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Baltimore's narrative is beginning to shift [Commentary]

The sale of Thames Street Wharf in Baltimore to California-based KBS Realty Advisors represents a watershed moment for economic development in Baltimore. The sale establishes a record price for commercial realty in Charm City. KBS paid $341 per square foot, easily exceeding the previous Baltimore record established when 100 E. Pratt Street was sold for $316 per square foot in 2005.

But the sale represents much more than a one-time milestone. It reveals much about Baltimore's economic future, and the news is shockingly positive. The sale indicates that investors hailing from other markets, even those from the state that produced Silicon Valley and Hollywood, are readily overlooking opportunities in their own backyard in favor of placing capital in Baltimore. Why? Because the narrative surrounding Baltimore is beginning to shift.

Ideas for the further beautification of the Inner Harbor, Pratt Street and other highly visible areas are ambitious and imaginative. Many city schools are set to be modernized through more than $1 billion of fresh investment. Neighborhoods such as Locust Point and Canton have been utterly transformed over the course of the last decade and are now among the most vibrant communities on the East Coast.

The city is also awash in neighborhoods with historic appeal and plentiful redevelopment potential, including Druid Hill, Reservoir Hill, Remington, Lauraville and many others. Resplendent with major hospitals and universities, Baltimore is increasingly vibrant and maintains a youthful entrepreneurial culture. Established neighborhoods such as Guilford, Roland Park, Homeland, Otterbein, Tuscany-Canterbury, Oakenshawe and Bolton Hill help support the city's tax base year after year.

These and other factors likely induced investors to pay $89 million for a property the Maryland State Department of Assessments and Taxation had assessed for around $55.8 million. The sale indicates that the property is even more valuable than the state anticipated, which translates into additional tax base for a city government that remains hungry for revenues. The sale also generates additional capital for the developer of Harbor Point to further leverage an effective public-private partnership that has helped to produce one of the city's most successful and transformative communities.

Perhaps most importantly, this is only the beginning. Developers from the Washington area, increasingly unnerved by saturated real estate markets in the Greater Washington area and by sequestration, are increasingly targeting Baltimore for their investments. The Port of Baltimore is filled with promise. The widening of the Panama Canal, scheduled for completion next year, positions Baltimore to become an even more important and increasingly global intermodal hub. Amazon.com has already identified Baltimore as a major distribution hub for both merchandise and food and is committing significant dollars toward construction.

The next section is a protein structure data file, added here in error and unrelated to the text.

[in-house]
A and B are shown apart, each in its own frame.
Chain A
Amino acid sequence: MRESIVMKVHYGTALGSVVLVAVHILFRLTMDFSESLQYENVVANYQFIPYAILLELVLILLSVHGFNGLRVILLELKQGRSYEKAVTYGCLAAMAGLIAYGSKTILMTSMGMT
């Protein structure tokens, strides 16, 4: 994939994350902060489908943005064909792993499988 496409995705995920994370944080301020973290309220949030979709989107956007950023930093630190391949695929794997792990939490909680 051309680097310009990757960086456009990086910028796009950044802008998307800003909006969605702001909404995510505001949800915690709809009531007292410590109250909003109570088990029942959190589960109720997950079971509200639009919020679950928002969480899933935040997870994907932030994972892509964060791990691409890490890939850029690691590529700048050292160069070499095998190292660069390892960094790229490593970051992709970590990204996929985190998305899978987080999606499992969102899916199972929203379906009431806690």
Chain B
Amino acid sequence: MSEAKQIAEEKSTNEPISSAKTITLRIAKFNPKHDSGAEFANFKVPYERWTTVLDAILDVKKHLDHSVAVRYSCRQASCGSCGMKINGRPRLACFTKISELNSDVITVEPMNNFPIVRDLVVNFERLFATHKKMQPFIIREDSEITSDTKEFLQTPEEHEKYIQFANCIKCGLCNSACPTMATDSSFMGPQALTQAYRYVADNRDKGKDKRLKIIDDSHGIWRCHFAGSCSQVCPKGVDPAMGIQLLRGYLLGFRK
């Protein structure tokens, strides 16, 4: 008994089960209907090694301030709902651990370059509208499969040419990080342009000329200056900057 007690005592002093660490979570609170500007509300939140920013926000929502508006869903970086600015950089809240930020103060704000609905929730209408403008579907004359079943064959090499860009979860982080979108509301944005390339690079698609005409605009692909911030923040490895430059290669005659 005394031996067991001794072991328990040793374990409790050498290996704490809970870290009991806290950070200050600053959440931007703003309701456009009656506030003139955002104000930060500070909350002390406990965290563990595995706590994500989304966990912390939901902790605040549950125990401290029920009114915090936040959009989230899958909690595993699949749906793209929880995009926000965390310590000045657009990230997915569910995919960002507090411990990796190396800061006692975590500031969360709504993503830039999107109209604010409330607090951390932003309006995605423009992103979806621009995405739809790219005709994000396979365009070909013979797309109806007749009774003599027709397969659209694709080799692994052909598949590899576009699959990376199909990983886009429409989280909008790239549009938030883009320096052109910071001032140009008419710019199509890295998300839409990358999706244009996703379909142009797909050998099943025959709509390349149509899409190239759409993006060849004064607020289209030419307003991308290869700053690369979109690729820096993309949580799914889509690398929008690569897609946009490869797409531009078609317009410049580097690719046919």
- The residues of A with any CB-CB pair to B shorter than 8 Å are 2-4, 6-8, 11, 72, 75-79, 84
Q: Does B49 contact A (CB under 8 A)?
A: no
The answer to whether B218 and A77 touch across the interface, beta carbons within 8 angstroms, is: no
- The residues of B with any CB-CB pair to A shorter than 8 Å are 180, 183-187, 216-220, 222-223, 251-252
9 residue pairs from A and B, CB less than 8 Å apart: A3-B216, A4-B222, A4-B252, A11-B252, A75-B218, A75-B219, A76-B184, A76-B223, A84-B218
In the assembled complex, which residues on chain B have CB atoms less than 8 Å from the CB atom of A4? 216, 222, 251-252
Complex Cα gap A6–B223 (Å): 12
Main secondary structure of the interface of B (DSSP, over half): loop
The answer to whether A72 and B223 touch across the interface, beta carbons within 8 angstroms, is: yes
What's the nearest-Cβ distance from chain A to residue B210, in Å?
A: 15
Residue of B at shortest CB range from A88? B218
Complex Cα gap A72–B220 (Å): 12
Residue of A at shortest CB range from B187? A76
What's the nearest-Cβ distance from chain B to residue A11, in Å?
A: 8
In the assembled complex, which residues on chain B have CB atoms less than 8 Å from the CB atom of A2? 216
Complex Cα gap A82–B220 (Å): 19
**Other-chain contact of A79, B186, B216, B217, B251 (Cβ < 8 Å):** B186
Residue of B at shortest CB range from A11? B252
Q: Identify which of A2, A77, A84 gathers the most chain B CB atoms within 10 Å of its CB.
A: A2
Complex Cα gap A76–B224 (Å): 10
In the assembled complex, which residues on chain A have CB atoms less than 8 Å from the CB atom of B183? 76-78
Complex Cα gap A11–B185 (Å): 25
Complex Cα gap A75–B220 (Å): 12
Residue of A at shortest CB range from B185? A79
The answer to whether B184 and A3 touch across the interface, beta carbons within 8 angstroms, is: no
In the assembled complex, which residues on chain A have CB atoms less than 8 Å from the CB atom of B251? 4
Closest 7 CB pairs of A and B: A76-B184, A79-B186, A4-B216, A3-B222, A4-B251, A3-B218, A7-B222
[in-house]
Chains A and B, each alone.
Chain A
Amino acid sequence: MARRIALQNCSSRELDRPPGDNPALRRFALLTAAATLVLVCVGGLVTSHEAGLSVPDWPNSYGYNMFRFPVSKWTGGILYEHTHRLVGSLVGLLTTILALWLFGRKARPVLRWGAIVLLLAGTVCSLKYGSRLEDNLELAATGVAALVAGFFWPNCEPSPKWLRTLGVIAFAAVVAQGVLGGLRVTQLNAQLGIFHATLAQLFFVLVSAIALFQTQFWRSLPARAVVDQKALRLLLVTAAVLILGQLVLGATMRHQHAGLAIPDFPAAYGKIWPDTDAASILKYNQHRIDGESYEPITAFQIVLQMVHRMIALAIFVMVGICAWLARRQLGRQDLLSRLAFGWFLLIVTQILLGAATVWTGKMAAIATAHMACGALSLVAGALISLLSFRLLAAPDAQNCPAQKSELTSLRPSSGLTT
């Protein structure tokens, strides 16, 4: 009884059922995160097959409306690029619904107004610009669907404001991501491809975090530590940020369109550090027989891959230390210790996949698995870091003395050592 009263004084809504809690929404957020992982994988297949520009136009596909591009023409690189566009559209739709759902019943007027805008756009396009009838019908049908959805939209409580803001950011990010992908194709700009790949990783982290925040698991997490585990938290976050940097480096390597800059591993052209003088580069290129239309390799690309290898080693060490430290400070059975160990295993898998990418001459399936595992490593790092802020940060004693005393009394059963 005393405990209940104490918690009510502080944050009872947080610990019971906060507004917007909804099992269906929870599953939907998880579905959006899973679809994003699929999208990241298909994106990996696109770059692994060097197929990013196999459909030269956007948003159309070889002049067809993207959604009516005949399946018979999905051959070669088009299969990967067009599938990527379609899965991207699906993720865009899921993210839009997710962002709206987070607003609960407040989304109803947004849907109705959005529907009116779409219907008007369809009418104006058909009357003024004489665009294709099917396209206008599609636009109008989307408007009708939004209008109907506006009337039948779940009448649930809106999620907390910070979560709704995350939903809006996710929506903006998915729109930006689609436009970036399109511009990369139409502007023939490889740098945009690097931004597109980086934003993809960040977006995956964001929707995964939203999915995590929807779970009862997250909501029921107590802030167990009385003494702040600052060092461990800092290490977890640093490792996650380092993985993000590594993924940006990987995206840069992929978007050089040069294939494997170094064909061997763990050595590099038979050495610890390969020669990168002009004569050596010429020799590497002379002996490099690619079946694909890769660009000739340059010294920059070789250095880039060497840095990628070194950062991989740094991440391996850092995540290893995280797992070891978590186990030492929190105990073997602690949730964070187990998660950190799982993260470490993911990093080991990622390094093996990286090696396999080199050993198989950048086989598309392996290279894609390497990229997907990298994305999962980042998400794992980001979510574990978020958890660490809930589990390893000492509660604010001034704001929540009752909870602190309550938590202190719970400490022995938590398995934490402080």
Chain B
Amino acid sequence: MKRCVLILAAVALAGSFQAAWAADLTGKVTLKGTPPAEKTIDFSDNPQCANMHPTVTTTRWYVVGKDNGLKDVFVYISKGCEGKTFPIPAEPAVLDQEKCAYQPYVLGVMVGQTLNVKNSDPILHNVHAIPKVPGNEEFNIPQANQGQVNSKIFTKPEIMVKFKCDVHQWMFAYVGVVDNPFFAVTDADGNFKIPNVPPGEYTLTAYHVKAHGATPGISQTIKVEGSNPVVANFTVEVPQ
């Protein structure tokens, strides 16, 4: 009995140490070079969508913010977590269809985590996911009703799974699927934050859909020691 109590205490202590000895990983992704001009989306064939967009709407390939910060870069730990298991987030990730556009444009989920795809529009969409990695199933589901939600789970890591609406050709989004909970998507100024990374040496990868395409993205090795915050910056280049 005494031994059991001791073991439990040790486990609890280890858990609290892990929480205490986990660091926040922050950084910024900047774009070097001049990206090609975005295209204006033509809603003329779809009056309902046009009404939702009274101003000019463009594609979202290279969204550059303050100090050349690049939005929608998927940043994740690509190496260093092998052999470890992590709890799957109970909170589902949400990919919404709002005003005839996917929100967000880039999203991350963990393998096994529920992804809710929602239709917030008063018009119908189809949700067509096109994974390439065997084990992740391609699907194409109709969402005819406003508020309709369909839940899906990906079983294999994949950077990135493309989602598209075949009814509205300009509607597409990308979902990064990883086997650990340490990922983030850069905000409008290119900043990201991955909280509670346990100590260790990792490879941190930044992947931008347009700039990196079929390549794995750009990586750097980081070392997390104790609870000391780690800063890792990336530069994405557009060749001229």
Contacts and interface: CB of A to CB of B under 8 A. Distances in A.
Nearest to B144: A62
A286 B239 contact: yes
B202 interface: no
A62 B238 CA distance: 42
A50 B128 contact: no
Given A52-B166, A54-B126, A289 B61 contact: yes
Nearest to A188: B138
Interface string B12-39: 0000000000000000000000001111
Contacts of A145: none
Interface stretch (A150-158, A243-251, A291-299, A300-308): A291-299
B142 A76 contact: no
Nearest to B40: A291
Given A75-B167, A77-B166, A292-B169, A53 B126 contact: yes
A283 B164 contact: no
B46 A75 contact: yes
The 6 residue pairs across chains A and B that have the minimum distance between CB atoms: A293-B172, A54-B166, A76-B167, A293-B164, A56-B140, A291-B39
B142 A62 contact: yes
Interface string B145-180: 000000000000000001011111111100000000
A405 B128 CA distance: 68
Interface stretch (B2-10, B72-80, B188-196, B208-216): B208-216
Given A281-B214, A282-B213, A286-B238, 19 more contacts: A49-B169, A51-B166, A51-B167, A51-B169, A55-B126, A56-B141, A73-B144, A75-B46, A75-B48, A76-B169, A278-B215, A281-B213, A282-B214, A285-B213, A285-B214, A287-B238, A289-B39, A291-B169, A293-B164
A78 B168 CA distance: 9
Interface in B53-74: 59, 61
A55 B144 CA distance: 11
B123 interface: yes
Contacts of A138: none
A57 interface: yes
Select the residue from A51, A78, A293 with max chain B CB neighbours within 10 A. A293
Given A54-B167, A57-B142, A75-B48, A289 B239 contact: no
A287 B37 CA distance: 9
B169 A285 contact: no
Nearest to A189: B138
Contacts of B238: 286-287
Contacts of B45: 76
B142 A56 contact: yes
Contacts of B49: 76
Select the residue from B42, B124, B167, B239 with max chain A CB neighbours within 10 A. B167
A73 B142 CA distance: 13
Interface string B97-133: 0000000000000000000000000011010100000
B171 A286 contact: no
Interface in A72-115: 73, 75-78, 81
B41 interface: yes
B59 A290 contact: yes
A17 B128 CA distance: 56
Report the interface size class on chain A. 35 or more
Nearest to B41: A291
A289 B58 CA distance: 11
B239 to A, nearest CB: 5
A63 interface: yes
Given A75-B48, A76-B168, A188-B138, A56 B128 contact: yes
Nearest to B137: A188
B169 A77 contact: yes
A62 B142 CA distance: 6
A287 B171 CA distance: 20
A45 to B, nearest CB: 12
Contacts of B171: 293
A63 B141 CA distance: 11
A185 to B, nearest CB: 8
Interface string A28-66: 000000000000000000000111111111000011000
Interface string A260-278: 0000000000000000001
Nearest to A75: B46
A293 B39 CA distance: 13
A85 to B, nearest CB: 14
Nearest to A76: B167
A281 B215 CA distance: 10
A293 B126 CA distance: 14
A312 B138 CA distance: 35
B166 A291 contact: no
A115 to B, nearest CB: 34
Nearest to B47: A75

In answer to the question regarding the motivation behind the purchase, KBS eastern region President Marc DeLuca stated that "We chose to add Baltimore to our portfolio because the city is in the forefront for the investment community and has the resources to continue its growth as a valuable center for investment." Note that KBS added Baltimore to its portfolio, not simply a building. Of course, the location and prestige of the building helped, but among other things, the building is LEED Gold certified and boasts Morgan Stanley as its lead tenant.

Some might view the sale as implicating nothing of relevance to the typical Baltimorean. While there are undoubtedly some people who benefit from the sale more directly than others, the fact of the matter is that this economic event portends better economic outcomes for many of us.

Commercial real estate in Baltimore's most fashionable areas is becoming more valuable. This in turn helps to trigger new construction, which creates more room for expanding firms and more opportunity for construction workers to ply their respective trades.

Recent weeks have been witness to a flurry of announcements regarding investment in Baltimore, including potential additional investment in Harbor East, the remaking of key sections of the historic downtown commercial business district, and Questar Properties' proposed apartment tower on the site of the former McCormick & Co. spice factory at the Inner Harbor. The successful sale of Thames Street Wharf reminds us how much more valuable Baltimore has become.

Anirban Basu is Chairman Chief of Sage Policy Group, Inc. and program host of the Morning Economic Report on WYPR 88. His email is abasu@sagepolicy.com.

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